Georgetown's Call Box restoration project is part of a city-wide effort to rescue the District's abandoned fire and police call boxes. This project has identified more than 800 boxes for restoration citywide. Neighborhood by neighborhood, they are now being put to new use as permanent displays of local art, history and culture.
Fire alarm boxes were originally painted red and installed in the District after the Civil War. In most boxes, the alarm was activated by opening a door on the front of the box and pulling a lever. An automatic telegraph system transmitted the box number to a central office that directed the closest fire station to dispatch a fire truck to the vicinity of the call box. The system began to decline in the 1960s with the advent of two-way car radios and walkie-talkies. The alarms were finally turned off in the 1970s and replaced with today's 911 emergency system.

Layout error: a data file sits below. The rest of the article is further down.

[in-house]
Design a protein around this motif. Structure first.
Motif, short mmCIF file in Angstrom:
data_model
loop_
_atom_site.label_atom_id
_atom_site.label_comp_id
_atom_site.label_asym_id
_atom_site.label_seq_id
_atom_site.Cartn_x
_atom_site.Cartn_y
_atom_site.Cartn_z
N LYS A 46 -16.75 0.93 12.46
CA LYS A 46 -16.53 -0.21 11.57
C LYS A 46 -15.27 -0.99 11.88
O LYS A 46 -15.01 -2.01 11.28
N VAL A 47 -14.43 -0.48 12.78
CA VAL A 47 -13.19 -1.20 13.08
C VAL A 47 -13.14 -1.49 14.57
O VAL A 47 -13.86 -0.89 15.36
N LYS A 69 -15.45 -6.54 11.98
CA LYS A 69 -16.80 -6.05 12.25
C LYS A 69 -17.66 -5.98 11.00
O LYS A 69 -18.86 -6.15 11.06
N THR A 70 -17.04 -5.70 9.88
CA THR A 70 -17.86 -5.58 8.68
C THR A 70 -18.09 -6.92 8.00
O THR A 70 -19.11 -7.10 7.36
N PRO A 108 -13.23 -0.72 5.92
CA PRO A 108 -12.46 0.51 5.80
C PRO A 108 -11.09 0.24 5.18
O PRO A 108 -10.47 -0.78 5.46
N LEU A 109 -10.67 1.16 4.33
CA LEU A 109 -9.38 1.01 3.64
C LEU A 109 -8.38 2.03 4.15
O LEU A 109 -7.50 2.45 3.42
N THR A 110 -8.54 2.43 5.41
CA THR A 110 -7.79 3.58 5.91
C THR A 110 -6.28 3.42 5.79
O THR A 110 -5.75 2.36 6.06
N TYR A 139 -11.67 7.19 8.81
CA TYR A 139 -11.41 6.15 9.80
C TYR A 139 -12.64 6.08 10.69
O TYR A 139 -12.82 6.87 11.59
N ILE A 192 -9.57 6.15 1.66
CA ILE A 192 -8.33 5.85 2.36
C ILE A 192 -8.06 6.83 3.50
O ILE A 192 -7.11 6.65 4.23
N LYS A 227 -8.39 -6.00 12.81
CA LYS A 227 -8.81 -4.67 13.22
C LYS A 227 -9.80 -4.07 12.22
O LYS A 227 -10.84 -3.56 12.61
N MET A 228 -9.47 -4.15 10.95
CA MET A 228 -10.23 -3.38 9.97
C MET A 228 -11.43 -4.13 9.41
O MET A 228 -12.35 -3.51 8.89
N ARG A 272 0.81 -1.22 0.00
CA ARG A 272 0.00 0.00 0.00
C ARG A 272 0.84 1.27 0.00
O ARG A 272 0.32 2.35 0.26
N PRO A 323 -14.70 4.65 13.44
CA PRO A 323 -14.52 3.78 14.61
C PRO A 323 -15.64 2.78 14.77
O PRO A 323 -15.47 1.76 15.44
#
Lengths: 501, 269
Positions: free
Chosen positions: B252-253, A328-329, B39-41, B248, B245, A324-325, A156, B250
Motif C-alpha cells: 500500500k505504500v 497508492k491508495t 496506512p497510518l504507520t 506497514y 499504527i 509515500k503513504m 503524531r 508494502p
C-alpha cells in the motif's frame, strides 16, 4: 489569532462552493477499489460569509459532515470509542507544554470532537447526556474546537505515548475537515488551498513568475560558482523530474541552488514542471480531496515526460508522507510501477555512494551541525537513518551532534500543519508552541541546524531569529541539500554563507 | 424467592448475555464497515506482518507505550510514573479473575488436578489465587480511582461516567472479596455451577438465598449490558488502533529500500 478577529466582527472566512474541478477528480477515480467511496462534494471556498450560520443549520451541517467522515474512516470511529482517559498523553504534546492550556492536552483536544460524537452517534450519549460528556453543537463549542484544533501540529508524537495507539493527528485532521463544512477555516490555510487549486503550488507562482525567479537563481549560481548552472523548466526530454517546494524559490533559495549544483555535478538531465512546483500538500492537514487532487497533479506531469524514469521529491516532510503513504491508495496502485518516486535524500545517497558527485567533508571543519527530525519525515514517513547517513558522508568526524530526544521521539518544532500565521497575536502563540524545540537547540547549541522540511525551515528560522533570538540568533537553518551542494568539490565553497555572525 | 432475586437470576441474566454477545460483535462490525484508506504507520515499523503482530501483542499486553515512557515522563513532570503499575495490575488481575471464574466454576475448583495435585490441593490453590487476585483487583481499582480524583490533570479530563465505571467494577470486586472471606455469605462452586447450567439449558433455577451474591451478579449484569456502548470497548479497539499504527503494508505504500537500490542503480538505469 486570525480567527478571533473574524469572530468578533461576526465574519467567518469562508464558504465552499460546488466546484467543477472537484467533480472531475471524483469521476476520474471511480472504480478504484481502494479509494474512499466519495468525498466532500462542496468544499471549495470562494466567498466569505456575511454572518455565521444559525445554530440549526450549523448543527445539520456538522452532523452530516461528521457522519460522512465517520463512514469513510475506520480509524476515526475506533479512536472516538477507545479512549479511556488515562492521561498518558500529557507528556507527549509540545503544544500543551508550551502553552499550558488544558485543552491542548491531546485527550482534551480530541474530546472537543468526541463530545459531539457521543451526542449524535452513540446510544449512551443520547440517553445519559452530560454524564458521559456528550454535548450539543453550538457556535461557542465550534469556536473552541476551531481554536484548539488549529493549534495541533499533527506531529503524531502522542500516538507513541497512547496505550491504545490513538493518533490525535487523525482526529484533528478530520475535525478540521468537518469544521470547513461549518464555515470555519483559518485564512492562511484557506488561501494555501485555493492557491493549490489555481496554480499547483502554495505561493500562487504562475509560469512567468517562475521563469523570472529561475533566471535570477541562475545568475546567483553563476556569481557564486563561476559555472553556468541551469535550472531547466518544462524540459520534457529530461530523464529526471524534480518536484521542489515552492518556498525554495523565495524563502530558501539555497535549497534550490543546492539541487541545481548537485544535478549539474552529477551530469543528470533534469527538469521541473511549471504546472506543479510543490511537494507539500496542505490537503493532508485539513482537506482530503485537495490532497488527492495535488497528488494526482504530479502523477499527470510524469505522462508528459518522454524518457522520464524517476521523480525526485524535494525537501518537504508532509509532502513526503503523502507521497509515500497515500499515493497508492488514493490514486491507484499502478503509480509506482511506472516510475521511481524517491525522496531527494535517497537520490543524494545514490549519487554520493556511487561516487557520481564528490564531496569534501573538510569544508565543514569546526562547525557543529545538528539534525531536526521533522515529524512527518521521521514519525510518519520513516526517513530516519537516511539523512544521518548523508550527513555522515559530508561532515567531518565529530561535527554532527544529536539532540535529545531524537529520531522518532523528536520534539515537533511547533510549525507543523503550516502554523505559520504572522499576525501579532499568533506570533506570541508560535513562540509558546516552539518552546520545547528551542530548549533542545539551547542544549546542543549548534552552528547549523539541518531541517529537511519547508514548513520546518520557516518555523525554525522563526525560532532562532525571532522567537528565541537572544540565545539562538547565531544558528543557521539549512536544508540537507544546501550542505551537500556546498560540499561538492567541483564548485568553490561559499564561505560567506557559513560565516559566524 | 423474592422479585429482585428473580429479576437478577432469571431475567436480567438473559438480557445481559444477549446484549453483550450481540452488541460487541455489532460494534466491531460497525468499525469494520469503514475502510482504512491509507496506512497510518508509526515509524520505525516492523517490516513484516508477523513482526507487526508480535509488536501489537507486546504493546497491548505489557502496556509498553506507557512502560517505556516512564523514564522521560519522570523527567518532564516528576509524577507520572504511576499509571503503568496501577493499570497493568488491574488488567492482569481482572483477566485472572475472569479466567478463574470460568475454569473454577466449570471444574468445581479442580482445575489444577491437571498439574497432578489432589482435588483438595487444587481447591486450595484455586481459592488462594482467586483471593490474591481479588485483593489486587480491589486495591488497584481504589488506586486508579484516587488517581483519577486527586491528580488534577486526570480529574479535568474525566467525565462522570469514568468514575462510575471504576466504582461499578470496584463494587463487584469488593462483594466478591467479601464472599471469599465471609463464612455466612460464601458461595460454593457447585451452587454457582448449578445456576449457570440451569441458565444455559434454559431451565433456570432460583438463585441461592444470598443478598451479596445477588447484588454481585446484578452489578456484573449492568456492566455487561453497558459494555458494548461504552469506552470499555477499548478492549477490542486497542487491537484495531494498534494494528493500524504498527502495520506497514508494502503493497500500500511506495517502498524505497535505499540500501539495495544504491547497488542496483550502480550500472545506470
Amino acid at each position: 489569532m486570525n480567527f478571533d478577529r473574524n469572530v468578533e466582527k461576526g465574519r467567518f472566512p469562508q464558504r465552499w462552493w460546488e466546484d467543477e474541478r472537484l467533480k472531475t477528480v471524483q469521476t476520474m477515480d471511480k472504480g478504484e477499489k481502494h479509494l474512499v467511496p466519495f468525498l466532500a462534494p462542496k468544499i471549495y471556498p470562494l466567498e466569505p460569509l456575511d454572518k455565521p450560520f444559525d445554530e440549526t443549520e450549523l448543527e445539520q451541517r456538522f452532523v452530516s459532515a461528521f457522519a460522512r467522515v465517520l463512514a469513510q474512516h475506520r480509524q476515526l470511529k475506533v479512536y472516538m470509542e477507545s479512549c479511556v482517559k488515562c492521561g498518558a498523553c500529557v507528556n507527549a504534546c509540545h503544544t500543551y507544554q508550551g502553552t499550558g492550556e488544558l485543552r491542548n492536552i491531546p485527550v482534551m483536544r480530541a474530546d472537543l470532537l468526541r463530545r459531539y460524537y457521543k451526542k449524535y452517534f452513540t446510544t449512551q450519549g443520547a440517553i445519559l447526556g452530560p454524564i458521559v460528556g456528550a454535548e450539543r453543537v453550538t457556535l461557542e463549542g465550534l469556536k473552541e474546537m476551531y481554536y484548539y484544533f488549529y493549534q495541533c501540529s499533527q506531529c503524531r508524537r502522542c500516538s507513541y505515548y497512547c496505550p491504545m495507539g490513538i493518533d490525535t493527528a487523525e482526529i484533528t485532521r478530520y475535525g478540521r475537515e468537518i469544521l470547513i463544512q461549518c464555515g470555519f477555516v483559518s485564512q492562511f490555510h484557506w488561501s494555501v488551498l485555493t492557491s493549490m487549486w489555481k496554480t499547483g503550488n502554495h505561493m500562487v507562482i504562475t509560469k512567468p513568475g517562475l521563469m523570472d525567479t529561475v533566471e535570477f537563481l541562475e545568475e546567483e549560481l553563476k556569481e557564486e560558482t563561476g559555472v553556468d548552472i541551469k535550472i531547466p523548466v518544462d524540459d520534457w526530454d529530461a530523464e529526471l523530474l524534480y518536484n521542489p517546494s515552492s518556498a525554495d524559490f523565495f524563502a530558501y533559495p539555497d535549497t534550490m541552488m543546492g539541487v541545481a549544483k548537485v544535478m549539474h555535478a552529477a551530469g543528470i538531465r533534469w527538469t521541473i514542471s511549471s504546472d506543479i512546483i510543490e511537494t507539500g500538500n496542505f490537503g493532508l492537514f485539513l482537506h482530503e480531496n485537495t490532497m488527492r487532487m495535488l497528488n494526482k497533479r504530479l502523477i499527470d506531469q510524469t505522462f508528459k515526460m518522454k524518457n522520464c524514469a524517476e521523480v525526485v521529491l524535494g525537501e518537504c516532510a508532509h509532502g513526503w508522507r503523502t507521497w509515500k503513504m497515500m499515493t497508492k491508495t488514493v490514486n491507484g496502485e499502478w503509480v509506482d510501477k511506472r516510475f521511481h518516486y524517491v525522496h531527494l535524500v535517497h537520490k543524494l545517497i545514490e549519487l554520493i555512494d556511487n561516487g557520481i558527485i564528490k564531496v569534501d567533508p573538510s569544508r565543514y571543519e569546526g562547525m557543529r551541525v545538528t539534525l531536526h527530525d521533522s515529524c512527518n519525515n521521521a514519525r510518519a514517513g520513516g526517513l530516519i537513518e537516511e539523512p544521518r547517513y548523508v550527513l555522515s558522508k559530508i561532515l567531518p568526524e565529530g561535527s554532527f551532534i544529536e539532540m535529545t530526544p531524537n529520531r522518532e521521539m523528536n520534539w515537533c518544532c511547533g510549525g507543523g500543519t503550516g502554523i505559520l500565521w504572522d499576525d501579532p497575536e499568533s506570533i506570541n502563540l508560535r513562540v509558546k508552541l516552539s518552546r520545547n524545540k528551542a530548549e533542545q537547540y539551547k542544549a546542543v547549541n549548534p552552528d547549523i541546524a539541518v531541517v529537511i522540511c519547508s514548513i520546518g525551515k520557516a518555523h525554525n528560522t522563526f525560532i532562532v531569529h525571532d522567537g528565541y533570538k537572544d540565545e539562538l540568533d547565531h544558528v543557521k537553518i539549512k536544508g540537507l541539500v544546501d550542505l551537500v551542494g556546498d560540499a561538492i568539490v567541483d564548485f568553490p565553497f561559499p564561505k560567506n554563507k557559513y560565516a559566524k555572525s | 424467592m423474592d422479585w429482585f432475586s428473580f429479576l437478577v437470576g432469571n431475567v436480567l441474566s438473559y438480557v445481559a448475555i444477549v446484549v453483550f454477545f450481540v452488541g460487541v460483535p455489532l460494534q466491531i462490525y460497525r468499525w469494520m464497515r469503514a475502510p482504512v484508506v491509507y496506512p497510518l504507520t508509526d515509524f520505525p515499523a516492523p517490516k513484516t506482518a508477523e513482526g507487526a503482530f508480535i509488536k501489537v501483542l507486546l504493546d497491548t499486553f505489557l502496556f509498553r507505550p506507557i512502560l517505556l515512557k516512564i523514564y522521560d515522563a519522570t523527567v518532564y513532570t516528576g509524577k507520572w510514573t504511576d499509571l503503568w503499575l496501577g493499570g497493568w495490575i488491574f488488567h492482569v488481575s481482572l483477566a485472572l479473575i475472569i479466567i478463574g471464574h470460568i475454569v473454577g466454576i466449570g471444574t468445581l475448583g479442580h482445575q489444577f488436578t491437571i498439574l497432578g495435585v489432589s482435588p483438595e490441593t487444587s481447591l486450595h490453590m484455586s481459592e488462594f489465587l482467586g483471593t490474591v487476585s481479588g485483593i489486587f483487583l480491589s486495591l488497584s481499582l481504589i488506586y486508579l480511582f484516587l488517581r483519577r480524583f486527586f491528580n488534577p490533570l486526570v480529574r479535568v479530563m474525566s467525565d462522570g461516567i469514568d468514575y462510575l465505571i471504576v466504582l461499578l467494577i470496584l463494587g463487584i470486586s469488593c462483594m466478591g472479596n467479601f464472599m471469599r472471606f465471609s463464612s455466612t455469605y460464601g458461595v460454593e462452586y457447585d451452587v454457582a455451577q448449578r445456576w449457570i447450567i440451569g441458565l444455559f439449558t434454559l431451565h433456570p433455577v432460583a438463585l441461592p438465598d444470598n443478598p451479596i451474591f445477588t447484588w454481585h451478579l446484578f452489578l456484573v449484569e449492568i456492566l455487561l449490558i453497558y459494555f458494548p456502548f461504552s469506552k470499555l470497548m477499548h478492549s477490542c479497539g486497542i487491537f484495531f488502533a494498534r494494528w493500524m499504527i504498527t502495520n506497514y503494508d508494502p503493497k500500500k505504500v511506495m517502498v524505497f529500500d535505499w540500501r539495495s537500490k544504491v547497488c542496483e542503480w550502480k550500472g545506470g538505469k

Art on Call is a project of Cultural Tourism DC with support from the DC Commission on the Arts and Humanities, DC Creates Public Art Program, District Department of Transportation, Office of the Deputy Mayor for Planning and Development.